Steve completed a BSc and MSc (by research) at Durham University. Following a stint in environmental consultancy, he moved to Canada to undertake a PhD at the Institut National de la Recherche Scientifique (Université du Québec). His doctoral studies focused on the use of airborne thermal infrared imagery to understand the spatio-temporal dynamics of cool-water habitats in salmon rivers and how they protect fish from water temperature extremes. He subsequently worked as a postdoctoral fellow at the Canadian Rivers Institute (University of New Brunswick, Canada), before moving back to the UK to start a Marie Skłodowska-Curie fellowship at the University of Birmingham. He joined the University of Nottingham as an Assistant Professor in 2018.
Steve currently convenes and lectures on Advances in Managing Rivers and Catchments (GEOG4088), part of the MSc Environmental Leadership and Management programme. He also convenes the third year… read more
Steve is a physical geographer with broad interests in remote sensing and river processes. His current research focuses on using novel geospatial and modelling approaches to understand the links… read more
CARBONNEAU, PATRICE E., DUGDALE, STEPHEN J., BRECKON, TOBY P., DIETRICH, JAMES T., FONSTAD, MARK A., MIYAMOTO, HITOSHI and WOODGET, AMY S., 2020. Adopting deep learning methods for airborne RGB fluvial scene classification Remote Sensing of Environment. 251, 112107 DUGDALE, STEPHEN J., HANNAH, DAVID M. and MALCOLM, IAIN A., 2020. An evaluation of different forest cover geospatial data for riparian shading and river temperature modelling River Research and Applications. 36(5), 709-723
COREY, EMILY, LINNANSAARI, TOMMI, DUGDALE, STEPHEN J., BERGERON, NORMAND, GENDRON, JEAN-FRANÇOIS, LAPOINTE, MICHEL and CUNJAK, RICHARD A., 2020. Comparing the behavioural thermoregulation response to heat stress by Atlantic salmon parr (Salmo salar) in two rivers Ecology of Freshwater Fish. 29, 50-62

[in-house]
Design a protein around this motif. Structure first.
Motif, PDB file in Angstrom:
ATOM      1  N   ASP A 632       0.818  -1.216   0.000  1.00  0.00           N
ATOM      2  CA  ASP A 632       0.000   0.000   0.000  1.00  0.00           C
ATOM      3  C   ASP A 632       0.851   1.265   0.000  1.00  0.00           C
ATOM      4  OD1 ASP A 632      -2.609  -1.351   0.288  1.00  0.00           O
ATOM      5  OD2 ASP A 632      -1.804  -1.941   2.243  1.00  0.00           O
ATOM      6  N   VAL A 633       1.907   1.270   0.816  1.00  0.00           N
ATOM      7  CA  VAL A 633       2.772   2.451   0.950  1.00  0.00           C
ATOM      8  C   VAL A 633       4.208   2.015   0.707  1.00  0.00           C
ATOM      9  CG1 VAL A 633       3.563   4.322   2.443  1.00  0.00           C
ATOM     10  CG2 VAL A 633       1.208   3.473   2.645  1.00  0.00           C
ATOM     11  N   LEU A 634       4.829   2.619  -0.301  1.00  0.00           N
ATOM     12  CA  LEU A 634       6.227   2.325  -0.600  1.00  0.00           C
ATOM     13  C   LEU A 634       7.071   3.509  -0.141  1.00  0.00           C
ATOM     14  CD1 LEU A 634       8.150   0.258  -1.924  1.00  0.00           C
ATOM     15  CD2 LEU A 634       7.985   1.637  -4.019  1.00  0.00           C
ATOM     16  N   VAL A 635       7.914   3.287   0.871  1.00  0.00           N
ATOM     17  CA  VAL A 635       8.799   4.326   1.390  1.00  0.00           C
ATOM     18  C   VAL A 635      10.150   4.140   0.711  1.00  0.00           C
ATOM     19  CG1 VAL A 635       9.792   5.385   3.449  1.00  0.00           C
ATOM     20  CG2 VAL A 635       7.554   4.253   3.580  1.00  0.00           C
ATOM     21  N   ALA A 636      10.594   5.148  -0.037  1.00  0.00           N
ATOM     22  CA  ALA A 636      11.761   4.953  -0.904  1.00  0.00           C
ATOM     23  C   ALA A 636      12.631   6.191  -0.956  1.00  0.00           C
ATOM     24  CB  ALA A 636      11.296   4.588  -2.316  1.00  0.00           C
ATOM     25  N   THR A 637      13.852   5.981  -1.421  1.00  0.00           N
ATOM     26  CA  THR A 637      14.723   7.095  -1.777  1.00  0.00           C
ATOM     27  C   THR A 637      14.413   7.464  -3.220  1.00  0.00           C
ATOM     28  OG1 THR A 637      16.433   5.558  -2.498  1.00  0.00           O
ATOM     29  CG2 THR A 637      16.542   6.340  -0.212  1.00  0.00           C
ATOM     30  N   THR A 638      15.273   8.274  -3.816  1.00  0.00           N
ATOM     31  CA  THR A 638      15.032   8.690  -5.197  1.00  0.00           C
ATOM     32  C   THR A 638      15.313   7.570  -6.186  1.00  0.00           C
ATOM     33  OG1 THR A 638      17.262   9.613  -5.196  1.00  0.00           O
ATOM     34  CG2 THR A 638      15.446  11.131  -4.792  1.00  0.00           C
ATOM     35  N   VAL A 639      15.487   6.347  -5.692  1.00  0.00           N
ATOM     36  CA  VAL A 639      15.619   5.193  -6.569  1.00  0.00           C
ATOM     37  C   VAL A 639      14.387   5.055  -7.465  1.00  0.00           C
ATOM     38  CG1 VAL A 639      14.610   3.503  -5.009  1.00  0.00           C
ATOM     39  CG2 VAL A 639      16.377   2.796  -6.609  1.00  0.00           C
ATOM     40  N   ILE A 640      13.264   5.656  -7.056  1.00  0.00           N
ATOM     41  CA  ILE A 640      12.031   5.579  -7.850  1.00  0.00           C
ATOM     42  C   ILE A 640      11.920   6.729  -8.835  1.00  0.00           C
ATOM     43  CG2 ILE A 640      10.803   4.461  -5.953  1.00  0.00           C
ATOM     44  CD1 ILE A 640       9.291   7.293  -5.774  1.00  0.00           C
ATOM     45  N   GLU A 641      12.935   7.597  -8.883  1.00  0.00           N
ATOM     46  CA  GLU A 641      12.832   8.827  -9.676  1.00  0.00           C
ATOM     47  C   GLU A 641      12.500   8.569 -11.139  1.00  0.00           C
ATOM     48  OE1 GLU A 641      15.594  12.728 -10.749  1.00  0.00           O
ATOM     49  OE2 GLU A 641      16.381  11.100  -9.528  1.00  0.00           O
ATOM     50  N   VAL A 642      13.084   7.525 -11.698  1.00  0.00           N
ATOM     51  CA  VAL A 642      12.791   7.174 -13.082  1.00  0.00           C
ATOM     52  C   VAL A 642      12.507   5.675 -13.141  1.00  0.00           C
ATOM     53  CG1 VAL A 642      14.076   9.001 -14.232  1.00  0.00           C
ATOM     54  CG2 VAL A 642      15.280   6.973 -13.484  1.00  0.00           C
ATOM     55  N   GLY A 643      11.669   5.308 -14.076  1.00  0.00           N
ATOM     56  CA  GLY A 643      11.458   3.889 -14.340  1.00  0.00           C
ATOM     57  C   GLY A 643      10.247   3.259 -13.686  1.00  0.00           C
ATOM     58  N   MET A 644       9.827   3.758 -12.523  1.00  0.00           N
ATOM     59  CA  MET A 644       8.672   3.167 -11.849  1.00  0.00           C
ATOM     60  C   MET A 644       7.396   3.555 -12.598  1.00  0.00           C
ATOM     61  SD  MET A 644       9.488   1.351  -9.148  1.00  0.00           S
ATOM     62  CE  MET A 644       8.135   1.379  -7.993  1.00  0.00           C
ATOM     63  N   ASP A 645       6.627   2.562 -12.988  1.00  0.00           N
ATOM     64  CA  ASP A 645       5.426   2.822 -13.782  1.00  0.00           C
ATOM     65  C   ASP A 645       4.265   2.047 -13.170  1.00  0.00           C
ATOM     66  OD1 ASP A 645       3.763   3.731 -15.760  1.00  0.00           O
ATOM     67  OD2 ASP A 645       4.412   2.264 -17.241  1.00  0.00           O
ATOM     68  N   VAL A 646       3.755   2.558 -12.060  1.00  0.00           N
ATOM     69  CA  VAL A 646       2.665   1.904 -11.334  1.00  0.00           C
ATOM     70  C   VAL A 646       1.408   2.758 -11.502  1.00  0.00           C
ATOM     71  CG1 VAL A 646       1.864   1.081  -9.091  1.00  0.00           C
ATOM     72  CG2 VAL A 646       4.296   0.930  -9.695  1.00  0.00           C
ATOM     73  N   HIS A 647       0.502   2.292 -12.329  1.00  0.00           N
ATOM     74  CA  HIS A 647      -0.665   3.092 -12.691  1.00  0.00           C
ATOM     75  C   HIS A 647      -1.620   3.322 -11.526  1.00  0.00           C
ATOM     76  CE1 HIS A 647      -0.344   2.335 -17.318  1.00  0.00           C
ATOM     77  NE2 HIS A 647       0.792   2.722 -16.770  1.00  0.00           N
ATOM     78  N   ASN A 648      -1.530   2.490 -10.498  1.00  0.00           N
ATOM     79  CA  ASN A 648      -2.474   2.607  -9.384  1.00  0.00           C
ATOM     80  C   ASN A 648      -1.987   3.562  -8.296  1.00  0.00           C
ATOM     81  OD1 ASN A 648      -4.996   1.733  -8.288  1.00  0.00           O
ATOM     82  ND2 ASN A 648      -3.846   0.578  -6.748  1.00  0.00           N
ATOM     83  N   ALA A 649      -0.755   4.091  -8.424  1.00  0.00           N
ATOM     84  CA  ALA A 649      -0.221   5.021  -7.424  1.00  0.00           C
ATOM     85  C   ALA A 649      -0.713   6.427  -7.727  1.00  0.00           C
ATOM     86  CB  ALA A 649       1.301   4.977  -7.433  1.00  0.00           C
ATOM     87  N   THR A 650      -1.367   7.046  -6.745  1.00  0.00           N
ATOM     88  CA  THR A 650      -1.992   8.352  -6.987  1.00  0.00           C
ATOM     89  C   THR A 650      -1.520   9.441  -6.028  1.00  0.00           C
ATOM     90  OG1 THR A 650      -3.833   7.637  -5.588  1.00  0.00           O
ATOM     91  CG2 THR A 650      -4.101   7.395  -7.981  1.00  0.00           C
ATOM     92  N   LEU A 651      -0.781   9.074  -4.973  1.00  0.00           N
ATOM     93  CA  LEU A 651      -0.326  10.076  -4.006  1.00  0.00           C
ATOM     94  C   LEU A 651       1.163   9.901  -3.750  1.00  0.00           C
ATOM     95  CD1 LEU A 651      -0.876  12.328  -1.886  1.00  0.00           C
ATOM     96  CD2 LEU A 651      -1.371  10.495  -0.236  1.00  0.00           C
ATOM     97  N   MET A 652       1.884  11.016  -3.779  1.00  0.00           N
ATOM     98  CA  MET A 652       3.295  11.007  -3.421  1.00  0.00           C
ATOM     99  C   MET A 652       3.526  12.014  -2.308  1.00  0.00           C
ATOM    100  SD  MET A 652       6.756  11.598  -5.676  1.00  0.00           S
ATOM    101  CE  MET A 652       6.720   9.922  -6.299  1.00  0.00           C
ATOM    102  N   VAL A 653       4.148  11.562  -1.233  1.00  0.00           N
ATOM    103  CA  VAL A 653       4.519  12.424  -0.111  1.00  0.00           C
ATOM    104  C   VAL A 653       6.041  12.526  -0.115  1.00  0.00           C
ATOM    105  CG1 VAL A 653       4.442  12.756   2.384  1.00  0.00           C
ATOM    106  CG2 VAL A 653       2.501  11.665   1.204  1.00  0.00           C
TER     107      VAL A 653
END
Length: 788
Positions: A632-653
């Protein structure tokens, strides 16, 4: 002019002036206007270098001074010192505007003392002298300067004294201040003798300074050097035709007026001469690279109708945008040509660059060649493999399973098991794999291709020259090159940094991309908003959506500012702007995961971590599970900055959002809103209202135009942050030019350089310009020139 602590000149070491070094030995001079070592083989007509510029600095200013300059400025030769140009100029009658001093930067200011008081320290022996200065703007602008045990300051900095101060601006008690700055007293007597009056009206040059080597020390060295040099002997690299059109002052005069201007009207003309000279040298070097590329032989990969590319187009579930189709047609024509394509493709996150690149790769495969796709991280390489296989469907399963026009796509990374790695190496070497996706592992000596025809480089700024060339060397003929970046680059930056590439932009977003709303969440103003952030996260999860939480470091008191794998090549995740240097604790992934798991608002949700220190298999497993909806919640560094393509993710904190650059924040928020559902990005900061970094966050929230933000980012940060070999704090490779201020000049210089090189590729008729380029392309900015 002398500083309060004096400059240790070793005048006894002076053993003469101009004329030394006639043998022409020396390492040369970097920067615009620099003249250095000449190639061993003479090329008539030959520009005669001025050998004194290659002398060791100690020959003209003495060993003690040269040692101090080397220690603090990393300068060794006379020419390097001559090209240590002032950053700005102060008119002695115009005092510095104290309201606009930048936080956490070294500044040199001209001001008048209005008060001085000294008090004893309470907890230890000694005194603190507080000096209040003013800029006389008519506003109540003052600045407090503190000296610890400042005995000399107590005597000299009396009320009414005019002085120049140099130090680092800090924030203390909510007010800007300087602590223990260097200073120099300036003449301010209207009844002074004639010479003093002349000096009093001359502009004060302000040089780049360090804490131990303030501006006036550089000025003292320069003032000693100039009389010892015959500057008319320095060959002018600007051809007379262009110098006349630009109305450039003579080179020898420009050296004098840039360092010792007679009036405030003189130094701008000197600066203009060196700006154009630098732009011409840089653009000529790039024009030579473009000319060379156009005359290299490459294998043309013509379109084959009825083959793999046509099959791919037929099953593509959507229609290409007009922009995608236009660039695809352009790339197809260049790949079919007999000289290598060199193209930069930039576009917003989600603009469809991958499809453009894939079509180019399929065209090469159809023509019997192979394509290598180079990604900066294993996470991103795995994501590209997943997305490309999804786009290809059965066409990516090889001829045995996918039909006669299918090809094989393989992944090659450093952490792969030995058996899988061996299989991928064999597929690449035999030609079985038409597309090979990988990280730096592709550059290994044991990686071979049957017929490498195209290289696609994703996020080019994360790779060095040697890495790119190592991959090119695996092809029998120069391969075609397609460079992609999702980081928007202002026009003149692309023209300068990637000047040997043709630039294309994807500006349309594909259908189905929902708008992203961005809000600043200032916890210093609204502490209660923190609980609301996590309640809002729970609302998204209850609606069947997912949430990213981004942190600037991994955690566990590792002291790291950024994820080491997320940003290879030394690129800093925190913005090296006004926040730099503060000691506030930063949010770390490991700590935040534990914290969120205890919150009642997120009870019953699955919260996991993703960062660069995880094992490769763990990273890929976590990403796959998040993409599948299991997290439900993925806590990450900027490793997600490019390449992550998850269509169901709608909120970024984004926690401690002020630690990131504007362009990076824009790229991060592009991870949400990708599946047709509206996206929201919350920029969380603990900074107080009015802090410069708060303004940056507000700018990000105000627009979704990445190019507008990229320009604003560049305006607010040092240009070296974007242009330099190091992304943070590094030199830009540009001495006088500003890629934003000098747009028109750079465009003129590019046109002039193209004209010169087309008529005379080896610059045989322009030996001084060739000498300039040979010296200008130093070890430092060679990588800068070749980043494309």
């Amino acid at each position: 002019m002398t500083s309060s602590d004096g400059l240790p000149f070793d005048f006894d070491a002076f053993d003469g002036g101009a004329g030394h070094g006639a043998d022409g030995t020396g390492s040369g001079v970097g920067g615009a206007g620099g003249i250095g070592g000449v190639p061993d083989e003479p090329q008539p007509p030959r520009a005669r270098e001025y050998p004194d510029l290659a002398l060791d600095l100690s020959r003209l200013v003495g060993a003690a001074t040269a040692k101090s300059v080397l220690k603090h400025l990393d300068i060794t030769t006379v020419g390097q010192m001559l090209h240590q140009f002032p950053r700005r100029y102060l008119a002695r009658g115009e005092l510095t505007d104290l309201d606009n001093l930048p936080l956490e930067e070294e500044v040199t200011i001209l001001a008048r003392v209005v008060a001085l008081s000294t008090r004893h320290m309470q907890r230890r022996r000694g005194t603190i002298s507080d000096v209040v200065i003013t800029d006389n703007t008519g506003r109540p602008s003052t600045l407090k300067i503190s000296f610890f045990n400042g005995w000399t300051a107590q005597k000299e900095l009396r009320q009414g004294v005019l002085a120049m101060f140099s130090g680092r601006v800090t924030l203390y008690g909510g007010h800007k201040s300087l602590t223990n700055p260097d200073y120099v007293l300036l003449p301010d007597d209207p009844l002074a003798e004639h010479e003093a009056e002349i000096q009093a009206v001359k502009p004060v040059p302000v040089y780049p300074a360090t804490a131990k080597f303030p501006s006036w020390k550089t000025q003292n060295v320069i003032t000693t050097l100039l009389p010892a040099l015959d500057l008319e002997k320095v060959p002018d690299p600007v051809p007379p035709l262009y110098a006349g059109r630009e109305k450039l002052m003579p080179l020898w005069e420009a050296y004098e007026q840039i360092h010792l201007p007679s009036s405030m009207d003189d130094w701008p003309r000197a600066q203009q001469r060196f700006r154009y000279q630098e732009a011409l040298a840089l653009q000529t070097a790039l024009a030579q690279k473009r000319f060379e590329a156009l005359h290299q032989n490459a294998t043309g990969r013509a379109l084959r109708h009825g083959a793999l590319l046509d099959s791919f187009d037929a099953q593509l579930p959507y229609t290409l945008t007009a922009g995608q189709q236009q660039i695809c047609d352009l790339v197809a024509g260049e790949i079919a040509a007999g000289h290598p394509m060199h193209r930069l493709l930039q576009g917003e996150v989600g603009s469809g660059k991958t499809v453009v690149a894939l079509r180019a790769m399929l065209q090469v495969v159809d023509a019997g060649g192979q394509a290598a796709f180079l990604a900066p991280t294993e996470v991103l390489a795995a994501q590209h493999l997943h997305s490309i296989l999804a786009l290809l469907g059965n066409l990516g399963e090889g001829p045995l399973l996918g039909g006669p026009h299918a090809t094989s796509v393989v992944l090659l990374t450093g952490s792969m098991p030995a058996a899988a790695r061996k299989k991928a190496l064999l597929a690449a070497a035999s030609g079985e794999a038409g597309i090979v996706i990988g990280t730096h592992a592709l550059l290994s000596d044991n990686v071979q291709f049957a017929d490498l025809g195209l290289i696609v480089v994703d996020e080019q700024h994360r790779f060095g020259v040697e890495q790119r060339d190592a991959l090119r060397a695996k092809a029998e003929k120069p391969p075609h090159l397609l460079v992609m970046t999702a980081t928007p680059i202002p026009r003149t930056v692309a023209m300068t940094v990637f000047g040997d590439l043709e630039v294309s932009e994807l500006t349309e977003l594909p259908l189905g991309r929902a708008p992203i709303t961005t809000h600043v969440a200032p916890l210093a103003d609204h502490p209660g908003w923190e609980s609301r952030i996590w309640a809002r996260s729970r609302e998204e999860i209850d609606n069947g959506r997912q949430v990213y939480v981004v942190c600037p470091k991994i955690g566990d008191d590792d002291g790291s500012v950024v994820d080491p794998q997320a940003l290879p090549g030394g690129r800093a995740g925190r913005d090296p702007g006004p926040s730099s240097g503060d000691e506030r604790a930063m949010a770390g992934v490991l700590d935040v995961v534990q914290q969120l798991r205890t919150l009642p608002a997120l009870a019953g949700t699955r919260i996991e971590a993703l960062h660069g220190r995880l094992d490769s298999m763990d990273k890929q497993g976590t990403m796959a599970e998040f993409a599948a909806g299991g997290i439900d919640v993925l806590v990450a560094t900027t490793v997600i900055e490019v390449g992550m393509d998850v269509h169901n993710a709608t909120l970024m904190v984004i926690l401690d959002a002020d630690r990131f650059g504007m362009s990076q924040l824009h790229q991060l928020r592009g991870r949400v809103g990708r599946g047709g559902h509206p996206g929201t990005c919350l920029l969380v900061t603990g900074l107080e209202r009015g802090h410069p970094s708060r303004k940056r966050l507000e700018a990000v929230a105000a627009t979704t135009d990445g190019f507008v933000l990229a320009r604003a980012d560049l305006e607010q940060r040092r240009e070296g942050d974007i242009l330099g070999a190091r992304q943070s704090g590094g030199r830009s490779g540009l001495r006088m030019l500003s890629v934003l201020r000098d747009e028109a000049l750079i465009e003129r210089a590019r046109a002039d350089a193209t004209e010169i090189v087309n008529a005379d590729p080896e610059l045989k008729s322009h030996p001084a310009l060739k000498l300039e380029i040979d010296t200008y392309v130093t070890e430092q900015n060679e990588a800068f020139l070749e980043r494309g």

Steve currently convenes and lectures on Advances in Managing Rivers and Catchments (GEOG4088), part of the MSc Environmental Leadership and Management programme. He also convenes the third year field course to Mount St Helens, Washington, USA (Practical River Management and Restoration, GEOG3034) and lectures on Environmental Modelling (GEOG3028) and Advances in Remote Sensing (GEOG3055).
Steve is a physical geographer with broad interests in remote sensing and river processes. His current research focuses on using novel geospatial and modelling approaches to understand the links between river habitats and ecosystems, river temperature dynamics, and climate change. His research falls into three general themes:
1. The application of remote sensing for mapping patterns and processes in fluvial environments
A continuous view of the riverscape is necessary in order to better understand river ecosystem dynamics and reveal features that might otherwise be missed by 'conventional' field data collection methods. Steve is currently involved in the development of novel remote sensing approaches (particularly hyperspatial imaging, drone-based data acquisition and novel data processing techniques) to enable researchers to map entire river environments at high spatial resolution.
2. Understanding river temperature dynamics using novel mapping and modelling approaches.
River temperature in most northern and temperate regions are expected to increase as a result of climate change. A better understanding of river temperature dynamics is therefore critical to ensuring the continued survival of temperature-sensitive fish species such as salmon and trout. Steve is interested in understanding the processes driving space-time patterns in river temperature by combining thermal infrared mapping of river habitats, temperature logger observations and (process-based) temperature modelling.
3. Revealing the linkages between river habits, river ecosystems and the impacts of climate change.
Steve is interested in understanding the linkages between river habitats and ecosystem dynamics (primarily salmonid fishes), particularly with respect to the potential impacts of future climate change. His research aims to integrate data from remote sensing, hydrological and stream temperature models, and biotelemetry approaches to understand the movement and distribution of fluvial organisms in response to a) physical habitat processes (eg. channel morphology) and b) future climate change (eg. changes in river flows and temperature).